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Addressing the Productivity Gap
Posted on Thu, 2018-02-15 10:30 by Martin Dempsey
This week, official labour statistics in Scotland showed a decline in productivity in the economy of 3.2% in the year to September 2017. In the UK, we already lag behind other developed nations when it comes to productivity – lagging 15.4% compared to the rest of the G7 nations in 2016 – so we can ill afford to lose further ground in a global economy.
So, how do we address the productivity gap? As with all complex problems, the solution is equally complex and they revolve around the three pillars of people, technology and place.
HR departments have become more important than ever in recent years. In an economy with low unemployment, attracting staff becomes a greater challenge, particularly with younger Millennials and Gen Z workers joining the workforce who place more emphasis on working in the right environment than simply chasing the highest salary. Some studies suggest 4-day weeks improve productivity and performance, talent retention has become critical, and fostering and motivating collaboration is a core responsibility for management and leaders.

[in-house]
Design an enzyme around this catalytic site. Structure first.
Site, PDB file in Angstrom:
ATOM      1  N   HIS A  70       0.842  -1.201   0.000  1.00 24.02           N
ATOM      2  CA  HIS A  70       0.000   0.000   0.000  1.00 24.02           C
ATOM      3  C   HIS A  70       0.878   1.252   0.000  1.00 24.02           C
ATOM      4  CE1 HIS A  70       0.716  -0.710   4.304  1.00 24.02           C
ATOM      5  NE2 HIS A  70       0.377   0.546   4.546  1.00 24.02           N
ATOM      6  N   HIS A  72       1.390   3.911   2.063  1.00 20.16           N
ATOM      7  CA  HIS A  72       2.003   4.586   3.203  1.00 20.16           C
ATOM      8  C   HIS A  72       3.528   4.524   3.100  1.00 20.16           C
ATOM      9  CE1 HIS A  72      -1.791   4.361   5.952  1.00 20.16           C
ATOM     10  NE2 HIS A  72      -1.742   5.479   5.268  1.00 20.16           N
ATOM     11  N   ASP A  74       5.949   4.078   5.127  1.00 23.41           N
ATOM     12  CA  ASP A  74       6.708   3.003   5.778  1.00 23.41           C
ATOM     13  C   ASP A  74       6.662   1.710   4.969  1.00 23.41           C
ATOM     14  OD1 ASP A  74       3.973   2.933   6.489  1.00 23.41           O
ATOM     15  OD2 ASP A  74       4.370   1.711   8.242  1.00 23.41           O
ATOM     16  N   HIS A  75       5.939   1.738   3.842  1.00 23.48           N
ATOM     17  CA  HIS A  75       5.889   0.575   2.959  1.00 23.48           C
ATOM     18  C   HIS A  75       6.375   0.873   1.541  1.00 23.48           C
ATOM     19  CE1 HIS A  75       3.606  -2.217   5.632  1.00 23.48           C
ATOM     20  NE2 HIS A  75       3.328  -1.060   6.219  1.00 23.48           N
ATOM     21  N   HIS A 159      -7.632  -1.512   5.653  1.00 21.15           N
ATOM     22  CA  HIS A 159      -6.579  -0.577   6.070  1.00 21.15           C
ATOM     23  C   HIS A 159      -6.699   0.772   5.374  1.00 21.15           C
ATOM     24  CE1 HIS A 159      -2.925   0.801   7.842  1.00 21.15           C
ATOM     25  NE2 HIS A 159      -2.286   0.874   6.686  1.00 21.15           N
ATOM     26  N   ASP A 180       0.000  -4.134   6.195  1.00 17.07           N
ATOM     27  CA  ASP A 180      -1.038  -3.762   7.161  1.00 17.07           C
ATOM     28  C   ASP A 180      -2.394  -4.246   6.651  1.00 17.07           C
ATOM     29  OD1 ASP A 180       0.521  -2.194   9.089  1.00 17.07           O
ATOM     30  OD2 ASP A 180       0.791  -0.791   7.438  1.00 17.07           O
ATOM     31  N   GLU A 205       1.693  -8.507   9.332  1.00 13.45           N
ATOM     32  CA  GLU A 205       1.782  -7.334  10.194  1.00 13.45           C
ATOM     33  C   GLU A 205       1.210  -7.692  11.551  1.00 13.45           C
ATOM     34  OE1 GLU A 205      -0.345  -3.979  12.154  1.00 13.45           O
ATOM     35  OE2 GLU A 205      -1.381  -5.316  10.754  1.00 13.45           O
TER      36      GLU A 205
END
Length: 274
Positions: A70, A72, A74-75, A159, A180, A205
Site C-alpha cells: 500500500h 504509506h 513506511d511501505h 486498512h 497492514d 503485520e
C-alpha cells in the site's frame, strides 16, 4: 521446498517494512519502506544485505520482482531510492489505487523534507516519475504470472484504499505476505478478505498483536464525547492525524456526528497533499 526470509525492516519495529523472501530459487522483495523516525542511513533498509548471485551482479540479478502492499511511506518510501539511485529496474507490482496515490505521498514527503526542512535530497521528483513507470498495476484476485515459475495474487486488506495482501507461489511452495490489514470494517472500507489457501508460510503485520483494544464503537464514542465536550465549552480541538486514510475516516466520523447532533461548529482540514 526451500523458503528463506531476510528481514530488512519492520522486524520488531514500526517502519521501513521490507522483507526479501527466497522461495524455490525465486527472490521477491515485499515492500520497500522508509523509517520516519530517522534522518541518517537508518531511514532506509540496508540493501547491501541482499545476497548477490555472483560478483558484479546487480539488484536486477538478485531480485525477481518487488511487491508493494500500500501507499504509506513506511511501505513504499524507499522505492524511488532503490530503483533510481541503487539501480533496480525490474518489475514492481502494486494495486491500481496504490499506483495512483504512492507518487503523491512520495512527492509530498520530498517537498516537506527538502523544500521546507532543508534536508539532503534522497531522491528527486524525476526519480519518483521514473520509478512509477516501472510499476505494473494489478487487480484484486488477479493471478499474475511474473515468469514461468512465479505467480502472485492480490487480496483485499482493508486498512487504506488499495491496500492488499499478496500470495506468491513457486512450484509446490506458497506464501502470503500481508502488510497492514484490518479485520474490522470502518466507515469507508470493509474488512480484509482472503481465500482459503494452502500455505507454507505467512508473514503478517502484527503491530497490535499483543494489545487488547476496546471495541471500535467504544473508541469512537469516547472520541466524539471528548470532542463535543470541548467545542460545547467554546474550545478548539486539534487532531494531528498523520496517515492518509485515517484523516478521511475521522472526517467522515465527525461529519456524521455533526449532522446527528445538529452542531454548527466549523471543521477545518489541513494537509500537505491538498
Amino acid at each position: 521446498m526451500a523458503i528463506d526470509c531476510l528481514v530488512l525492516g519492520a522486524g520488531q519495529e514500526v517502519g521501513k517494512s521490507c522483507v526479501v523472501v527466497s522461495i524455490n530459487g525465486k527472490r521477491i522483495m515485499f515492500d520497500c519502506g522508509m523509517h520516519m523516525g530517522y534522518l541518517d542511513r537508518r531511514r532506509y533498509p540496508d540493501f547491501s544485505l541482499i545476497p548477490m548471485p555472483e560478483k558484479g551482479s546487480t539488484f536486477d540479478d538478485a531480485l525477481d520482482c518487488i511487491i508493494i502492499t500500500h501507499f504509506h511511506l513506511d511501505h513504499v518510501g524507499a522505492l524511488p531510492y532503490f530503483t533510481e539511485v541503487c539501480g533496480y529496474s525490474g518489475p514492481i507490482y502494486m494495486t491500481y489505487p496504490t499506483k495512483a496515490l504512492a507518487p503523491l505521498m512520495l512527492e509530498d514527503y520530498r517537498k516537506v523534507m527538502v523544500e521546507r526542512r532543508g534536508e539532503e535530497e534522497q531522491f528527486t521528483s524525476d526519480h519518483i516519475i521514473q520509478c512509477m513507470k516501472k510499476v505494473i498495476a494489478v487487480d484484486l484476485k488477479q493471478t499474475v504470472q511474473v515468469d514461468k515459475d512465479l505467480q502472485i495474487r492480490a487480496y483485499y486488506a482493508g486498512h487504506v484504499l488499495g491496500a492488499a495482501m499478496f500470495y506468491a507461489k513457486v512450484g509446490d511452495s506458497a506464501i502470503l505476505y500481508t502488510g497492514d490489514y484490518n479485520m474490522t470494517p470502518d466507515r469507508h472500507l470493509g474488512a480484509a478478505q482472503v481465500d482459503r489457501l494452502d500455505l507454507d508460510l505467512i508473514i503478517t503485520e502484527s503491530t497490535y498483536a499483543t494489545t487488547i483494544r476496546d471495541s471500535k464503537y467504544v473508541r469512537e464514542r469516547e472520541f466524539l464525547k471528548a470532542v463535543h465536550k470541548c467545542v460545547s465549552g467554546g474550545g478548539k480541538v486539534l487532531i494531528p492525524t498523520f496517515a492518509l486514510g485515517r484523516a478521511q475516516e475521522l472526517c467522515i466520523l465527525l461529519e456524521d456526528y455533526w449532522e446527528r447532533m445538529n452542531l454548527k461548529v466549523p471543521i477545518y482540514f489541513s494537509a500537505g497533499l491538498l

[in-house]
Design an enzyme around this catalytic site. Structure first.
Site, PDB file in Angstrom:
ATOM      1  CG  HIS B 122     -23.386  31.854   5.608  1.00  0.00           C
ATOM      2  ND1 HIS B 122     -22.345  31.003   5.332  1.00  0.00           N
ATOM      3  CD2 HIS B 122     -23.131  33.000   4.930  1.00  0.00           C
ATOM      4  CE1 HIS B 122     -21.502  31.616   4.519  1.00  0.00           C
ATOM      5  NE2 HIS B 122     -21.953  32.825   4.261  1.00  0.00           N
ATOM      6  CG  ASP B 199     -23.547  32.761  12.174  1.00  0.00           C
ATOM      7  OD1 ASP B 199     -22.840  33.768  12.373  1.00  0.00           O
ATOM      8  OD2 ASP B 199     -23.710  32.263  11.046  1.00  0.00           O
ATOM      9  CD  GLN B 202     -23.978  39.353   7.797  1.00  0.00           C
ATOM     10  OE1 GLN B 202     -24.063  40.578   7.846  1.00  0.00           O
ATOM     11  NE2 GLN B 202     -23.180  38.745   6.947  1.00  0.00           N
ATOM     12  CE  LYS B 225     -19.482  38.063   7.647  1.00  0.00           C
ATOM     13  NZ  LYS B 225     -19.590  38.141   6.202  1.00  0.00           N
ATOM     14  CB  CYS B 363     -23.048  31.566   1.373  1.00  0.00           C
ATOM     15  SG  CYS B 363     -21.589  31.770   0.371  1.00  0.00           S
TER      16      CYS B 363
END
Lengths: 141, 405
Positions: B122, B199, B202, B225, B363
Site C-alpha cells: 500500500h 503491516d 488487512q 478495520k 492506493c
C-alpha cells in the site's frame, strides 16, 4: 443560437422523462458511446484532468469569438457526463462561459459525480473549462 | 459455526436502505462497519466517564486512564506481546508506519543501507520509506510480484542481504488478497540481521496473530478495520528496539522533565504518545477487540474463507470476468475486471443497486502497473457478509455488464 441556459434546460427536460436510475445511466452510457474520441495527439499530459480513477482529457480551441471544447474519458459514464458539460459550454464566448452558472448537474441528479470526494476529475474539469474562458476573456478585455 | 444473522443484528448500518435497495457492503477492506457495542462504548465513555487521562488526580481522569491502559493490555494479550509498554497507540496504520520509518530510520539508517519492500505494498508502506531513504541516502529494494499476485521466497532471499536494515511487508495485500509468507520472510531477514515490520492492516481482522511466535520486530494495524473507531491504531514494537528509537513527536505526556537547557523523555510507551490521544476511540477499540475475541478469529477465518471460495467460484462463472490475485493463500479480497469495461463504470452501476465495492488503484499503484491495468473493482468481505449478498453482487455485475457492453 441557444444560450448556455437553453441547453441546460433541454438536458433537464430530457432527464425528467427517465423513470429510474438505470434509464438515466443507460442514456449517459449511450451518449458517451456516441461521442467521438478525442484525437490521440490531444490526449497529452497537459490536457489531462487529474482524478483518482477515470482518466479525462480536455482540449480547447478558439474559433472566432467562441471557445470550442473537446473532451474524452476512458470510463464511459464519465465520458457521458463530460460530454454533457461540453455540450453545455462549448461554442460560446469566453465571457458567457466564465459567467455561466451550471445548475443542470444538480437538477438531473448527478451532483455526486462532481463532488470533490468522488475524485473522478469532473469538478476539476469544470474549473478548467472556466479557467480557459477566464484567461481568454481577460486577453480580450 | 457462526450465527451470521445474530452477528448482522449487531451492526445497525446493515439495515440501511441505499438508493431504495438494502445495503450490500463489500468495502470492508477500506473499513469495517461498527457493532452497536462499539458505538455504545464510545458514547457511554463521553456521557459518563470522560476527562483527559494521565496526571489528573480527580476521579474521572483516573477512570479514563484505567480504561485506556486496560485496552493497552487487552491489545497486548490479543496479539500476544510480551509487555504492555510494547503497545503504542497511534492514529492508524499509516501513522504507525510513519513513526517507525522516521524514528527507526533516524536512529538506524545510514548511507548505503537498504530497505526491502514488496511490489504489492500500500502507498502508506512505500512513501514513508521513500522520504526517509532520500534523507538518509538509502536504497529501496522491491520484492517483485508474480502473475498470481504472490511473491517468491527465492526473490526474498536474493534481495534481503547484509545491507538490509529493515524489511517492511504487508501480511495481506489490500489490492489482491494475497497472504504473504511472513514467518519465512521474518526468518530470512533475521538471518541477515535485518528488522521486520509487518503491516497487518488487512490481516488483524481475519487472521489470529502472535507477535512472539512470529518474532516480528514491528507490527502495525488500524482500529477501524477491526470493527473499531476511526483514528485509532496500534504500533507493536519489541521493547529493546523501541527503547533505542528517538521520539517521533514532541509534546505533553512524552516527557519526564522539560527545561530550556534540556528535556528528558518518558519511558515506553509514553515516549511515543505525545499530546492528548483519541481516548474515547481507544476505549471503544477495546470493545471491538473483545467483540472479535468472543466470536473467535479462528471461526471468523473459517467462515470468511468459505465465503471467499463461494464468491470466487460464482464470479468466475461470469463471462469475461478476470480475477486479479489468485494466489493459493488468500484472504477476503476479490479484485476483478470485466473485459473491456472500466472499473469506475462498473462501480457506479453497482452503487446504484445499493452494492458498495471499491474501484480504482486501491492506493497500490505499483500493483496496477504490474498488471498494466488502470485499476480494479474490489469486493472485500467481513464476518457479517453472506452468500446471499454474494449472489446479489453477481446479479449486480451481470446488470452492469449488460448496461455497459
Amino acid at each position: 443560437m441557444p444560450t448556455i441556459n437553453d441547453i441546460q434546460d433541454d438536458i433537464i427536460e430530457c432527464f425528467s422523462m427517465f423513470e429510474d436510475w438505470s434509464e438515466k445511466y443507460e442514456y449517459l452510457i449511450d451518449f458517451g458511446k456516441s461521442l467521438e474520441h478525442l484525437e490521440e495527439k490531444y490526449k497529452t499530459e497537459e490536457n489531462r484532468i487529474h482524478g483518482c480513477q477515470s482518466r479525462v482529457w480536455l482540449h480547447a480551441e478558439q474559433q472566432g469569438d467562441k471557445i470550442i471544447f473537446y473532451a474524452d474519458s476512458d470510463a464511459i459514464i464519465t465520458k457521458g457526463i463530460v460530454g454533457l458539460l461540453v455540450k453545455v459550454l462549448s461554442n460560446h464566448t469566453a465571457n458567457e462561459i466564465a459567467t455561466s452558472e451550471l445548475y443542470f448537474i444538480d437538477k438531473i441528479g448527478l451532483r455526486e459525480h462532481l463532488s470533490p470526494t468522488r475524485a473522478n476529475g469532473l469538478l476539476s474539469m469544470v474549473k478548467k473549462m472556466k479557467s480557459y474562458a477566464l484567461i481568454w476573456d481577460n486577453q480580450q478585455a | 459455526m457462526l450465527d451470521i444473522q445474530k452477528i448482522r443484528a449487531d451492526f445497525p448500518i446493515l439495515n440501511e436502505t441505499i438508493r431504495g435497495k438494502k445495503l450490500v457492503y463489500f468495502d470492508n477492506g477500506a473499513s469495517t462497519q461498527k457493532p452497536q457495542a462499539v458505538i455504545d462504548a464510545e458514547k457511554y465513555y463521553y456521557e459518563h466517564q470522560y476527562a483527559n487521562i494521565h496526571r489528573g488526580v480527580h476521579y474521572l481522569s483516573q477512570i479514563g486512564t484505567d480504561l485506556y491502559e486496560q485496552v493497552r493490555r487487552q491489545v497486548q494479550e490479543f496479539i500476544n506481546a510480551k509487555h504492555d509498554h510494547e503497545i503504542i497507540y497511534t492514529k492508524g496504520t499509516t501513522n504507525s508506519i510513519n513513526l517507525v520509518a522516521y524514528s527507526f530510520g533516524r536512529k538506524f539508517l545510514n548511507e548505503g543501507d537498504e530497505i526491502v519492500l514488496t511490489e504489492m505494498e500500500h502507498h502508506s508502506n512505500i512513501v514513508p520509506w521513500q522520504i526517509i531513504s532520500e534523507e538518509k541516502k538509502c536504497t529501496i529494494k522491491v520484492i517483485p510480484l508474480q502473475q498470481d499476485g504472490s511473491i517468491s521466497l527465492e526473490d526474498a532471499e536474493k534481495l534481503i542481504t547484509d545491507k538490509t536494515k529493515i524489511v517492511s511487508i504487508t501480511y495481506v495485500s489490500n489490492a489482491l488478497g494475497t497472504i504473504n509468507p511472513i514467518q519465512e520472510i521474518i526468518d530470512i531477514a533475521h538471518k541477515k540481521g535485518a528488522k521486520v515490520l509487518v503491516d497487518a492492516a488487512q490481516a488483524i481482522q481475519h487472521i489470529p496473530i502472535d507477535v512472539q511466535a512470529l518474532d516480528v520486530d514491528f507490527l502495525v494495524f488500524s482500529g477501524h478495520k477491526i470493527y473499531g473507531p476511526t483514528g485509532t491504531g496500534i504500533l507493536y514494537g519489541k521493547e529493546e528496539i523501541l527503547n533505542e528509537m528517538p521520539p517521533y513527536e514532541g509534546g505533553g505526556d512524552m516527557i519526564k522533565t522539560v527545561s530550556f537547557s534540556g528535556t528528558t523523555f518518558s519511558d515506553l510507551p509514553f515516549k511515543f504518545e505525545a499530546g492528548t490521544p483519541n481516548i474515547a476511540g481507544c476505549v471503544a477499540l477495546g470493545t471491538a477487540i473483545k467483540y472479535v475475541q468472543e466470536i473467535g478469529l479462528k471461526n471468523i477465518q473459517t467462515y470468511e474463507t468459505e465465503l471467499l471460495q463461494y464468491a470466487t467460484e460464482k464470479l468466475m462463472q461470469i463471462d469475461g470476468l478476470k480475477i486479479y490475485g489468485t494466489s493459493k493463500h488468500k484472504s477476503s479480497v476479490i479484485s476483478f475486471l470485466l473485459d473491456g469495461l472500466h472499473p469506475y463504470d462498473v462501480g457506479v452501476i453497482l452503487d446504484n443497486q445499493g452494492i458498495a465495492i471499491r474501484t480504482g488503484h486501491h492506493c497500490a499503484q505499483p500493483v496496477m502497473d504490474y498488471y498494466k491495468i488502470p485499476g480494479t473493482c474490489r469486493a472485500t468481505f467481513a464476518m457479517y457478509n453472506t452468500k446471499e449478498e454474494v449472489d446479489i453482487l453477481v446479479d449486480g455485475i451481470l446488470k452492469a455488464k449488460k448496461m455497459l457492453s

Technology is typically the focal point of innovation. Too often we place all hope in new systems or tools to deliver a leaner, more effective business. In reality, many businesses don’t take the time to fully assess the outcomes that they’re trying to realise, and then compound this by failing to fully train the people who will use the new system.
Conversely, many businesses don’t recognise the influence that getting the workplace right can have. Creating an efficient workplace opens space up to provide flexible space for people to collaborate, to communicate and to express themselves. The right environment can’t create culture but it can foster it and enable it.
The reality is that productivity will come from bringing all three together. Aligning the technology strategy with the physical environment to maximise the impact of IT investment, while HR are driving the communication, change management and training of the people who are tasked with modernising and taking their organisation forward.
Right now, we need to recognise that as a nation, we’re simply not doing as good a job as we could be. We need to place more trust in the value of each of these aspects instead of treating them as a cost in the P&L account. Investing in people can raise your top line rather than hitting your bottom line. The same is true of investing in the workplace. Getting it right will drive productivity, loyalty and commitment – and that will dwarf the cost of the investment.